the Guilt, None of the Calories"
Imagine, if you will, a horror film where the victims don't die, or even know that they are victims. Imagine a film where the ingenue and the villian are in the same body, fighting for dominance. Imagine a slasher film where the torrents of blood that splash across the screen all come from one single person. Then imagine this film in French, and you've got "In My Skin".
Actress ("See the Sea"), screenwriter ("8 Women", the excellent "Under the Sand"), and casual Francois Ozon collaborator (all the above) Marina de Van takes her first shift at the helm, and the results are bloody, assured, and confounding. In a horror film devoid of violence, music (save for two small scenes), structure, or resolution, de Van turns classic body-horror tropes on their head and addresses the pathology behind self-mutilation head-on. What some people might ask at this point is, "Why would anyone want to address the pathology behind self-mutilation head-on?", and these people would likely walk out of the theatre after the first 15 minutes. Those who are willing to give de Van a little of their time and a mainline to their stomachs are in for the kind of cinematic experience that prompts legitimate publications to use words like "important", "groundbreaking", and "audacious", which in this case translate to the rest of us as "really good".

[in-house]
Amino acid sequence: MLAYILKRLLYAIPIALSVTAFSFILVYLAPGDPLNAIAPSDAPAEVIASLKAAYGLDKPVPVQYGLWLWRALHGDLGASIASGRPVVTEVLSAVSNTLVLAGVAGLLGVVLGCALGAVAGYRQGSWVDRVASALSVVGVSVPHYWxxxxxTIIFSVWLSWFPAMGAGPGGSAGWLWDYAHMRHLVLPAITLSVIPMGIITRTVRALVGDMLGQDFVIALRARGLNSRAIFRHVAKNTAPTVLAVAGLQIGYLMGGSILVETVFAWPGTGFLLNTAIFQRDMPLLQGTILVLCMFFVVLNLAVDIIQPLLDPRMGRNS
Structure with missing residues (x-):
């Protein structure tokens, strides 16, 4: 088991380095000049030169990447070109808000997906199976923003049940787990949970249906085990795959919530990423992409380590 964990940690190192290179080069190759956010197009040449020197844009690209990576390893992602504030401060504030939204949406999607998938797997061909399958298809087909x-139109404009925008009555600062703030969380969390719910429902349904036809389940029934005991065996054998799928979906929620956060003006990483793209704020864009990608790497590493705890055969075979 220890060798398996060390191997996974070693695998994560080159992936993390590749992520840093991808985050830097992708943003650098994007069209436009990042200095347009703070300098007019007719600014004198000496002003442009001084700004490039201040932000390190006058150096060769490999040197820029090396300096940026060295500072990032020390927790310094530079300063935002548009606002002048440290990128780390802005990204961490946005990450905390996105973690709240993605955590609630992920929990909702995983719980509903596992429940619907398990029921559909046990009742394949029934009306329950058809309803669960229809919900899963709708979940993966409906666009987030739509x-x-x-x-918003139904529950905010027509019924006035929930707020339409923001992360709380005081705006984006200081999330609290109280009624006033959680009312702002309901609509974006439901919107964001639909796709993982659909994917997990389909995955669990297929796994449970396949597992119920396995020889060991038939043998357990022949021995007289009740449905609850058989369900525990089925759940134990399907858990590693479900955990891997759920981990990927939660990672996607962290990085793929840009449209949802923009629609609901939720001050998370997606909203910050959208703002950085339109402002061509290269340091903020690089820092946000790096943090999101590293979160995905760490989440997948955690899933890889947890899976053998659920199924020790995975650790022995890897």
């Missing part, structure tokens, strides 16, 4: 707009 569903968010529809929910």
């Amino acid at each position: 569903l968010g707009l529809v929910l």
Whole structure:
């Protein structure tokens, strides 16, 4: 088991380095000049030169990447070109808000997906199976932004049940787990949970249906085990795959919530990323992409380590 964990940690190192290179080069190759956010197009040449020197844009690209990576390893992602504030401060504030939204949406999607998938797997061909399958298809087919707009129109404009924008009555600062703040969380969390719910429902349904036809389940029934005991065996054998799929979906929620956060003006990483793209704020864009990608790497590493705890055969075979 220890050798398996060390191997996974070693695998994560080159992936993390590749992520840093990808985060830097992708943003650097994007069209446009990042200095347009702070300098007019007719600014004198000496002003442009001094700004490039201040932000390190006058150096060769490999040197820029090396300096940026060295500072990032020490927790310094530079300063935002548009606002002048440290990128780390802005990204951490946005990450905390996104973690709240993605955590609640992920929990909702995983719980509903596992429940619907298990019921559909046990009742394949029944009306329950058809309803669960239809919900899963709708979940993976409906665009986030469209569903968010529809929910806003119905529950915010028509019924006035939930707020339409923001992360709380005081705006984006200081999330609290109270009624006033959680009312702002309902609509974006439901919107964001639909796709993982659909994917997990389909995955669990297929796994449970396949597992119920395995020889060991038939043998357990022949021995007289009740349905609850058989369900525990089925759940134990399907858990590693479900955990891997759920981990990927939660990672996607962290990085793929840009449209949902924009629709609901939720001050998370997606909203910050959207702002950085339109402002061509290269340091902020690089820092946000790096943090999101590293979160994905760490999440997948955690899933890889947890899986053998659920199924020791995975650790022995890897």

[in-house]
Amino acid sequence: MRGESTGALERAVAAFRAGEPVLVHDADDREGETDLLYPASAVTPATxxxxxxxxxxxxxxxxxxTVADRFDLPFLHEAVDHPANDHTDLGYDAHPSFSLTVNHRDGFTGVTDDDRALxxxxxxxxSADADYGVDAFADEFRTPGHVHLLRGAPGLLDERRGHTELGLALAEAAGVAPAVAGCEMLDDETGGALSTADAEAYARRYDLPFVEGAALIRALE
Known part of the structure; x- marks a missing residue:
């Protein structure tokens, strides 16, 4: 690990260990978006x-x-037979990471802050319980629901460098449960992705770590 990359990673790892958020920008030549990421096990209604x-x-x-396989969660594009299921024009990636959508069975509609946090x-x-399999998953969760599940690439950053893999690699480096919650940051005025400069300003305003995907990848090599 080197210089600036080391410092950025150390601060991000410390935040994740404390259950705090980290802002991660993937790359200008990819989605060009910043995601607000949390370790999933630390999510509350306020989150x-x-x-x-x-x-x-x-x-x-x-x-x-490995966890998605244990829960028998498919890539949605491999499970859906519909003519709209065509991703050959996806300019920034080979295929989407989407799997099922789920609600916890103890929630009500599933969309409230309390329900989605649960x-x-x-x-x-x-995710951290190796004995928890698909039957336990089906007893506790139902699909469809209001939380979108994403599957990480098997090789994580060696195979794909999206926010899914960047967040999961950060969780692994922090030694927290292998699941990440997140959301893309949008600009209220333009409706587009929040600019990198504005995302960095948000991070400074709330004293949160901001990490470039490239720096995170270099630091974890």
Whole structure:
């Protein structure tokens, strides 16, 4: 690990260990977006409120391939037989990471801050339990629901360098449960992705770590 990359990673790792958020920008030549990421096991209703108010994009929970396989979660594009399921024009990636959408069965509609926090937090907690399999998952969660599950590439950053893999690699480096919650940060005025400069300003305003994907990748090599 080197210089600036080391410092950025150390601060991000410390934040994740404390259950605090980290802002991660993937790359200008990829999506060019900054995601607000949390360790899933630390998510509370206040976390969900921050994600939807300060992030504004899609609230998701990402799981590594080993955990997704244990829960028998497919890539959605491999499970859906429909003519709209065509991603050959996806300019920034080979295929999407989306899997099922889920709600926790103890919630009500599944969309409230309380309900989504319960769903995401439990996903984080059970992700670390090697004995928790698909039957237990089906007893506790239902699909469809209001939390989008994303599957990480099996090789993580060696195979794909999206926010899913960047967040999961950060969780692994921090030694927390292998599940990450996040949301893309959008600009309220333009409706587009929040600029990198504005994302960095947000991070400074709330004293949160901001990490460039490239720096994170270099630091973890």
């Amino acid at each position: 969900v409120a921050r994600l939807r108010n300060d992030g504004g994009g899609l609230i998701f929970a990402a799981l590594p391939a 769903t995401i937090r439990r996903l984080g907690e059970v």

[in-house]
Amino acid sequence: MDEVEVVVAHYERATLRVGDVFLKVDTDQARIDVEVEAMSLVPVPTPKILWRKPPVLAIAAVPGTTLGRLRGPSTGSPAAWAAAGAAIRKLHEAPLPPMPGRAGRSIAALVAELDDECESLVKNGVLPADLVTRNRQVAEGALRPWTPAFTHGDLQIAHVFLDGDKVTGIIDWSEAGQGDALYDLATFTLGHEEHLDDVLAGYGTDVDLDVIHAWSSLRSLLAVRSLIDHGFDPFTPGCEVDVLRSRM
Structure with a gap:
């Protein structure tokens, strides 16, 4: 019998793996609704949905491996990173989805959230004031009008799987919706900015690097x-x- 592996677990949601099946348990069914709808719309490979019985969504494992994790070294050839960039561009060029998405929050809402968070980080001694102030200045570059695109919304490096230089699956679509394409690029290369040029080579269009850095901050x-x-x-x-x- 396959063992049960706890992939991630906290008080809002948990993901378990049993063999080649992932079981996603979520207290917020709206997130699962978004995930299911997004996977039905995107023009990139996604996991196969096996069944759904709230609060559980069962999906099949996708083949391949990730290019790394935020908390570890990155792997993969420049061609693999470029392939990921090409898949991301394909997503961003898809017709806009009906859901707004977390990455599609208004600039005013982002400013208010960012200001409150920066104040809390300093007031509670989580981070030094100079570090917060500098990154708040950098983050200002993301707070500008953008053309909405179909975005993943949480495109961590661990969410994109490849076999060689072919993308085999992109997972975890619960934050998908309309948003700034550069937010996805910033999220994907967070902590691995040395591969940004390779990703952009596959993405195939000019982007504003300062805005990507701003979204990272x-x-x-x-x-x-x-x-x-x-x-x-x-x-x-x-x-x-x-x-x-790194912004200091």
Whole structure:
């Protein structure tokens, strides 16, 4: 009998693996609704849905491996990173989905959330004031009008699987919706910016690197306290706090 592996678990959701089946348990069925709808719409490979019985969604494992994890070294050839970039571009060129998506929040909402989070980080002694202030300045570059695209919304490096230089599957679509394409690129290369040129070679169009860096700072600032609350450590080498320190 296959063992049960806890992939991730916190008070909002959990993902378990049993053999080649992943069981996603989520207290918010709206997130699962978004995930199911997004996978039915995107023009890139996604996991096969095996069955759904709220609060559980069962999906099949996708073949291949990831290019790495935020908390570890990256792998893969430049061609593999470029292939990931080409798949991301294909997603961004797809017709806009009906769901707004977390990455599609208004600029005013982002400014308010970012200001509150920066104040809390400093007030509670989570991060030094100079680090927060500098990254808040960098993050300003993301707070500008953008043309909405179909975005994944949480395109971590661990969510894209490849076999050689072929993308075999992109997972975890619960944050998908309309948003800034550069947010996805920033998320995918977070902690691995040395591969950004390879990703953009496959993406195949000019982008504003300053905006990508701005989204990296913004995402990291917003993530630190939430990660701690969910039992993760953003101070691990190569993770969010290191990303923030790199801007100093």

Marina plays Esther (although this is the kind of film where no one really seems to need a name; they are defined wholly by their relationships to one another), a successful if not mildly creepy-looking executive for some kind of market research or PR firm. She has a doting boyfriend (who looks like a Gallic Clayton Rohner) and a friend at the firm, and lots of nice clothes. One night while at a party, Esther wanders into the backyard and, after tripping several times on discarded machinery, gashes about a pound of flesh out of her leg. Naturally, she goes inside and continues dancing, and only discovers later, after leaving a bloody trail into the bathroom (can you say Rug Doctor?), that she is injured. A trip to the doctor confirms our suspicions -- Esther is somehow disconnected from her own flesh, as evidenced by the fact that she can almost lose a limb and not notice. She is also unconcerned with cosmetic matters -- she refuses skin grafting because it is not medicinally necessary. She gets a shot and goes home to heal.
Let's hold up here. When I find myself describing the plot of a film in a review, it usually means one of two things: either the film was so bad that I can't be bothered to put any additional effort into the review (see "House of the Dead"), or the film is so multilayered and clever that I need to talk out of my ass while I try to piece together how I feel about it. This is actually pretty rare -- especially in the horror genre, where emphasis is not generally on such things as subtext and metaphor and subtlety. Leave it to the French.